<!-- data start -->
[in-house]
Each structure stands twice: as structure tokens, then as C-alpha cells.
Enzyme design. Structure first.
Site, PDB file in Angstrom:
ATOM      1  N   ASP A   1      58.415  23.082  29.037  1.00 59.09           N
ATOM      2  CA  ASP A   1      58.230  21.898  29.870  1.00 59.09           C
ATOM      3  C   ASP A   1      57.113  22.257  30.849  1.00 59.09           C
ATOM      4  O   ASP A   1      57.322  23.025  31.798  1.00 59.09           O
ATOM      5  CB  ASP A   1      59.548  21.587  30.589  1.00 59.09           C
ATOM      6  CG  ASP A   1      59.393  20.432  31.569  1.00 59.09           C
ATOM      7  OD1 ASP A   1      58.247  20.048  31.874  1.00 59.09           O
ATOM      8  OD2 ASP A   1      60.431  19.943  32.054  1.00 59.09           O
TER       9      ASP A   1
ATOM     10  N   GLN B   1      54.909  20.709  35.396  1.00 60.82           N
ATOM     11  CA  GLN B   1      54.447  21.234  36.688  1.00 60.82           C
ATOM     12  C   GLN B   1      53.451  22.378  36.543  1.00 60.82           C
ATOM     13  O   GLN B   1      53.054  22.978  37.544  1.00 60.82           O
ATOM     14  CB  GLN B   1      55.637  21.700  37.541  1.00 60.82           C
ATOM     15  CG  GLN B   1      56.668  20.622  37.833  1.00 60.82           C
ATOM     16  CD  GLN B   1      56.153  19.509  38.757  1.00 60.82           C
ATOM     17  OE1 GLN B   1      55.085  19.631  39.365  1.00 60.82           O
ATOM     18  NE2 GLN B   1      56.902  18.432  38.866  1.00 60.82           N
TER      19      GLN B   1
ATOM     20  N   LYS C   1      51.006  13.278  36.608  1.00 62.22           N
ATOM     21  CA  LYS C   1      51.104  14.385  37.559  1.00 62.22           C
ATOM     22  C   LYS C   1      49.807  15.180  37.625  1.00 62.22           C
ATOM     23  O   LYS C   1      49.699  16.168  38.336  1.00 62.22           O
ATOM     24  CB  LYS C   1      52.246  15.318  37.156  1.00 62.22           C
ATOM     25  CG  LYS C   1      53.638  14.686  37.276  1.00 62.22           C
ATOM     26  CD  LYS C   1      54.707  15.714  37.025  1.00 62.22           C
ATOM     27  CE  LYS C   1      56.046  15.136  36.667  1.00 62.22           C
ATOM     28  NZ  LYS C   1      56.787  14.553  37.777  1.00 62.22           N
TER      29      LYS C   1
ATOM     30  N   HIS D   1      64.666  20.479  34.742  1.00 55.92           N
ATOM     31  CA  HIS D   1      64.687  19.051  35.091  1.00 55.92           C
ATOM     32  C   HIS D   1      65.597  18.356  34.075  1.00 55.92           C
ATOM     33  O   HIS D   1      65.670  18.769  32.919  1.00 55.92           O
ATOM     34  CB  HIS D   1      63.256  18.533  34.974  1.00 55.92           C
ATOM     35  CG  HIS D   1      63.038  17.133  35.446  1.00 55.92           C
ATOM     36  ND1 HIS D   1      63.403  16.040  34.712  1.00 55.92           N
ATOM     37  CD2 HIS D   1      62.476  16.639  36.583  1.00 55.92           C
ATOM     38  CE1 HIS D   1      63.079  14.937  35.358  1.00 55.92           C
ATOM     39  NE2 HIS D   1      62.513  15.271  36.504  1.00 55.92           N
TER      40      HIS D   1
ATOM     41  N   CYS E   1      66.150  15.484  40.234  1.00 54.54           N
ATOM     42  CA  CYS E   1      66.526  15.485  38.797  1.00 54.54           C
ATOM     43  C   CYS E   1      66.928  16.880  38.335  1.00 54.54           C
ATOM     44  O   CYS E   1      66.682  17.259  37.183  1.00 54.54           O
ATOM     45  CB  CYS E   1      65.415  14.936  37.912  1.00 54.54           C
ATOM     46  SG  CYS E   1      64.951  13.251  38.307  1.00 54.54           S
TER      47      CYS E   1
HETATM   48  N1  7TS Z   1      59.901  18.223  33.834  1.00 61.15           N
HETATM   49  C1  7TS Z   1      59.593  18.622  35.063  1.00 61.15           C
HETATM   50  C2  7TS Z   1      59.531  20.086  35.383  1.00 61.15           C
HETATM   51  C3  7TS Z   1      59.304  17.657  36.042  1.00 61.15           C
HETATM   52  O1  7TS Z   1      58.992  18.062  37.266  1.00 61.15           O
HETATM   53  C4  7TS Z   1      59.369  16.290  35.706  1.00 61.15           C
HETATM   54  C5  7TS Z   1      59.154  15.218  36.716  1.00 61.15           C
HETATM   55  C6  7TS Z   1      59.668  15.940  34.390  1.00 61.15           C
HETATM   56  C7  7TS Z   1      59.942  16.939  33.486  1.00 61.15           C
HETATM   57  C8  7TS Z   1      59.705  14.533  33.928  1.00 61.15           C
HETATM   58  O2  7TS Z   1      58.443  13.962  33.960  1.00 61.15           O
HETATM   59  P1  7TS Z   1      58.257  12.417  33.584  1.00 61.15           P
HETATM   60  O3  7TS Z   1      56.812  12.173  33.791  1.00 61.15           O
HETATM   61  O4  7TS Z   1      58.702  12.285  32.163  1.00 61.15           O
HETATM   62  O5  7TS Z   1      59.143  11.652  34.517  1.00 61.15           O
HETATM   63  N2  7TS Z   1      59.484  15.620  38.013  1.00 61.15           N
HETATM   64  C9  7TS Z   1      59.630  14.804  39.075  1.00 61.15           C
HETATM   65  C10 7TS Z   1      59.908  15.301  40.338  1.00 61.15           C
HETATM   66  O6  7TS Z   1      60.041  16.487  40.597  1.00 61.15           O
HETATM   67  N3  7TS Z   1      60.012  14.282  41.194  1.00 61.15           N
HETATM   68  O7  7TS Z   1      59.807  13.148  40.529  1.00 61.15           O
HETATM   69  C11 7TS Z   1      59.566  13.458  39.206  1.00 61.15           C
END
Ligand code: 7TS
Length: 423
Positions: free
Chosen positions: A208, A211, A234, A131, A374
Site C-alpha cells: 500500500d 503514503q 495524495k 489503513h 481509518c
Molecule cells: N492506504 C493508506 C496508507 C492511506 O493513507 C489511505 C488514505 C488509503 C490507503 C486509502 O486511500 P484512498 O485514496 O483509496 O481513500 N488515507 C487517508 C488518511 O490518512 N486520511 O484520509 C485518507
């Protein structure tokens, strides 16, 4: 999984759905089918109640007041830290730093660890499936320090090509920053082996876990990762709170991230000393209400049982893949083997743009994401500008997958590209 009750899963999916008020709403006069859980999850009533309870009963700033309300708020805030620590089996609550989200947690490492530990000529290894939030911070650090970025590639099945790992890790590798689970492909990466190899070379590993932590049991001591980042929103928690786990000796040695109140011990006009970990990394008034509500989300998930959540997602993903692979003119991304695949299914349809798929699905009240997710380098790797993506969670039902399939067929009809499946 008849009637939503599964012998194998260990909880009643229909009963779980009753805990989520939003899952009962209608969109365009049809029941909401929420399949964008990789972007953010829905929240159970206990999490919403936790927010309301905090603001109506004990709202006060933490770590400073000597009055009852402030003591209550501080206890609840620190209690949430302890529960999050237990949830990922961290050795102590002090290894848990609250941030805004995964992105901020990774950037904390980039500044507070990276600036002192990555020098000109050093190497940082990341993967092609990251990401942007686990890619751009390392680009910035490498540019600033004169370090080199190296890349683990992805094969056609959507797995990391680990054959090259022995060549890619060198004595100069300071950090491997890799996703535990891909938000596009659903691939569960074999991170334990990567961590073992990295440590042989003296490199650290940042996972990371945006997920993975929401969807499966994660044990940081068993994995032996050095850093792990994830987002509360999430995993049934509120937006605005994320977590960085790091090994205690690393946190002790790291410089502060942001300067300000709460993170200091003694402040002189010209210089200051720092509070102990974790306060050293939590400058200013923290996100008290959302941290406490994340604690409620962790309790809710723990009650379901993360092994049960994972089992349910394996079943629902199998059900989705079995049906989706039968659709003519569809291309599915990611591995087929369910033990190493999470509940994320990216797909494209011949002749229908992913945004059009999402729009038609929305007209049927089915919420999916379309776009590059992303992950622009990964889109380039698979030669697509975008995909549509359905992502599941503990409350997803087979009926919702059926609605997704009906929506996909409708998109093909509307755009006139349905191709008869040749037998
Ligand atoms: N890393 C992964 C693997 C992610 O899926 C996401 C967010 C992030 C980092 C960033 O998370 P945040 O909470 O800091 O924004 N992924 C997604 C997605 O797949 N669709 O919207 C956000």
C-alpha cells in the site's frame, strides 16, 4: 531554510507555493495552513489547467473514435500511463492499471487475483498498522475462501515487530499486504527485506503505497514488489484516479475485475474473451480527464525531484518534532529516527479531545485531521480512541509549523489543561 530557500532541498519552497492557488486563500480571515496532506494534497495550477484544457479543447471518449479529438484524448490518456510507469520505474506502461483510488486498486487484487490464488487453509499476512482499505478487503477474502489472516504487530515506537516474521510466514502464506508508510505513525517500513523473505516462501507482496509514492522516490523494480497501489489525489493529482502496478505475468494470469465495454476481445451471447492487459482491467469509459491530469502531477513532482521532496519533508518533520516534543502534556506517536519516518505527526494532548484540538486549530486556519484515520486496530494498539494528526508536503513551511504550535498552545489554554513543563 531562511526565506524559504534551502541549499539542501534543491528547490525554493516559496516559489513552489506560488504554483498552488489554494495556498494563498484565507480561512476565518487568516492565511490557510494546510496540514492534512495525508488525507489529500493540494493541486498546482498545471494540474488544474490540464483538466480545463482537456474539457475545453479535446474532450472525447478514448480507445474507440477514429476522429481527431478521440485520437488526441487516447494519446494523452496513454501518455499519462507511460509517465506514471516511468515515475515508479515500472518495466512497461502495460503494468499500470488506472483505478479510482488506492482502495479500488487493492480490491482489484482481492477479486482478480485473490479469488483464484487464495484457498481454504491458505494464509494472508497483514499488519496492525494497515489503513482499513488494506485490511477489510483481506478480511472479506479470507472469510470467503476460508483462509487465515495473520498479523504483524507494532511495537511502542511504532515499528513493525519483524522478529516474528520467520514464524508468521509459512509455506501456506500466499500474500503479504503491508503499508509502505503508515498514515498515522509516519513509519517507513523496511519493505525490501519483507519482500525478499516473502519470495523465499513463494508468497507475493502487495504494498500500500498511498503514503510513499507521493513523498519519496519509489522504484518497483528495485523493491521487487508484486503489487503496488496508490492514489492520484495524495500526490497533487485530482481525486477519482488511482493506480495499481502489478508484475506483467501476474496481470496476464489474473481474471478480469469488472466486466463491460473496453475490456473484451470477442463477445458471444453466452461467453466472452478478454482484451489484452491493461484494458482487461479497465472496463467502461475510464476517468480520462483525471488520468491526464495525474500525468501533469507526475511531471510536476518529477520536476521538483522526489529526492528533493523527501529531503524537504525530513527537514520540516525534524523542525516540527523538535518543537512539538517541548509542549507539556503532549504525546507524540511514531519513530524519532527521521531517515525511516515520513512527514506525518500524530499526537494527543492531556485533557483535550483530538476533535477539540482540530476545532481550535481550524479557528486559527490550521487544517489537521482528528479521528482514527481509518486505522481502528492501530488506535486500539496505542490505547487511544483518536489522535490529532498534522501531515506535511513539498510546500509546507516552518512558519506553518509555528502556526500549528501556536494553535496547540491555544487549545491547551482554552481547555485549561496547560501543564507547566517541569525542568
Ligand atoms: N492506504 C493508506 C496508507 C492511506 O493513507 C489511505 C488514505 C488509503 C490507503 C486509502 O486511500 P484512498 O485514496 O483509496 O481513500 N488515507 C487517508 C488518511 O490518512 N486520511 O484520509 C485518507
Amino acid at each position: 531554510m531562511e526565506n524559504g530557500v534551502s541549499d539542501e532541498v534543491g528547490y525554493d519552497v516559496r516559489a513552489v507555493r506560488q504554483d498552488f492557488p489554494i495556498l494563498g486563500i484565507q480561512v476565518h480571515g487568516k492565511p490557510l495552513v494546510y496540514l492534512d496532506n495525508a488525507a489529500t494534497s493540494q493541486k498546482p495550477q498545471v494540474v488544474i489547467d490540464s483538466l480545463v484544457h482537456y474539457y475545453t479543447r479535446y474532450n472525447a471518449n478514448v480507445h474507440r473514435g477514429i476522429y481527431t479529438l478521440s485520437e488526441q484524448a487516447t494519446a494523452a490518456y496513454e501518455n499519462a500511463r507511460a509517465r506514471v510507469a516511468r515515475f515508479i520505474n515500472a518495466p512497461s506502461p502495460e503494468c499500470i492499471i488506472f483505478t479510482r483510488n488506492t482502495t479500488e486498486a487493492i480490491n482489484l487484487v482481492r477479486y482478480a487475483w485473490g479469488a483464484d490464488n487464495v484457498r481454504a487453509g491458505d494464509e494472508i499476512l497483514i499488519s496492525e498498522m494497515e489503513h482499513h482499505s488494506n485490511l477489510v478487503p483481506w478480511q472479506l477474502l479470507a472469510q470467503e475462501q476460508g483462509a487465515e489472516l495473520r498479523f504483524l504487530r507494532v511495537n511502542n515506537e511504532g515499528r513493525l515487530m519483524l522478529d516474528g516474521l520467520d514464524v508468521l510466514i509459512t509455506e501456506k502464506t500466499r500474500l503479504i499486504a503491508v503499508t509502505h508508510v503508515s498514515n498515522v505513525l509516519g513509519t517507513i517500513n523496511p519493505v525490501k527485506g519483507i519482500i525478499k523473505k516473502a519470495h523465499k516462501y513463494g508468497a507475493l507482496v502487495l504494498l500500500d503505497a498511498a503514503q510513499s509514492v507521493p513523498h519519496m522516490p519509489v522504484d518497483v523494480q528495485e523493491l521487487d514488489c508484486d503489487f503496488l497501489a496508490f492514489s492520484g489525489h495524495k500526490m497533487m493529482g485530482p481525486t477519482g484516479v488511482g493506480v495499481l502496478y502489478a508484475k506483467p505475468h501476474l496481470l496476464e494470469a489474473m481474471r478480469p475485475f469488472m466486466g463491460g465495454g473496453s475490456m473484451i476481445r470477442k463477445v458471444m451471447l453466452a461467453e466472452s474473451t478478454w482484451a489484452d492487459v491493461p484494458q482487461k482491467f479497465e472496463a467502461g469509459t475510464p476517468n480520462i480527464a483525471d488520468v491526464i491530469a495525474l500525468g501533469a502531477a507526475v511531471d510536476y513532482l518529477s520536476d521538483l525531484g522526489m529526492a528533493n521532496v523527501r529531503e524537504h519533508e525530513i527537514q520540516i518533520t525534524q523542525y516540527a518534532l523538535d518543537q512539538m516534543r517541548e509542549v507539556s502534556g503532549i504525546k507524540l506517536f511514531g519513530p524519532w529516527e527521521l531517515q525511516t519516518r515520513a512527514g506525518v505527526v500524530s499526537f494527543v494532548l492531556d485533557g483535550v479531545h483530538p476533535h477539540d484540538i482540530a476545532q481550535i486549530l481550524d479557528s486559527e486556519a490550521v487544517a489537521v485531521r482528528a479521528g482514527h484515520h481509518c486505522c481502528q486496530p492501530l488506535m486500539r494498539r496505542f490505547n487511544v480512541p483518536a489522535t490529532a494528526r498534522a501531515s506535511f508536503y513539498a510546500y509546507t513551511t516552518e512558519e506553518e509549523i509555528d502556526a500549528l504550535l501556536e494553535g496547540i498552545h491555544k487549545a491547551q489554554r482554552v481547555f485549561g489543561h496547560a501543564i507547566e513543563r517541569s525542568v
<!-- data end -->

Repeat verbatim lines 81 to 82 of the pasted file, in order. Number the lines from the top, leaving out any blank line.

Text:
């Protein structure tokens, strides 16, 4: 999984759905089918109640007041830290730093660890499936320090090509920053082996876990990762709170991230000393209400049982893949083997743009994401500008997958590209 009750899963999916008020709403006069859980999850009533309870009963700033309300708020805030620590089996609550989200947690490492530990000529290894939030911070650090970025590639099945790992890790590798689970492909990466190899070379590993932590049991001591980042929103928690786990000796040695109140011990006009970990990394008034509500989300998930959540997602993903692979003119991304695949299914349809798929699905009240997710380098790797993506969670039902399939067929009809499946 008849009637939503599964012998194998260990909880009643229909009963779980009753805990989520939003899952009962209608969109365009049809029941909401929420399949964008990789972007953010829905929240159970206990999490919403936790927010309301905090603001109506004990709202006060933490770590400073000597009055009852402030003591209550501080206890609840620190209690949430302890529960999050237990949830990922961290050795102590002090290894848990609250941030805004995964992105901020990774950037904390980039500044507070990276600036002192990555020098000109050093190497940082990341993967092609990251990401942007686990890619751009390392680009910035490498540019600033004169370090080199190296890349683990992805094969056609959507797995990391680990054959090259022995060549890619060198004595100069300071950090491997890799996703535990891909938000596009659903691939569960074999991170334990990567961590073992990295440590042989003296490199650290940042996972990371945006997920993975929401969807499966994660044990940081068993994995032996050095850093792990994830987002509360999430995993049934509120937006605005994320977590960085790091090994205690690393946190002790790291410089502060942001300067300000709460993170200091003694402040002189010209210089200051720092509070102990974790306060050293939590400058200013923290996100008290959302941290406490994340604690409620962790309790809710723990009650379901993360092994049960994972089992349910394996079943629902199998059900989705079995049906989706039968659709003519569809291309599915990611591995087929369910033990190493999470509940994320990216797909494209011949002749229908992913945004059009999402729009038609929305007209049927089915919420999916379309776009590059992303992950622009990964889109380039698979030669697509975008995909549509359905992502599941503990409350997803087979009926919702059926609605997704009906929506996909409708998109093909509307755009006139349905191709008869040749037998
Ligand atoms: N890393 C992964 C693997 C992610 O899926 C996401 C967010 C992030 C980092 C960033 O998370 P945040 O909470 O800091 O924004 N992924 C997604 C997605 O797949 N669709 O919207 C956000």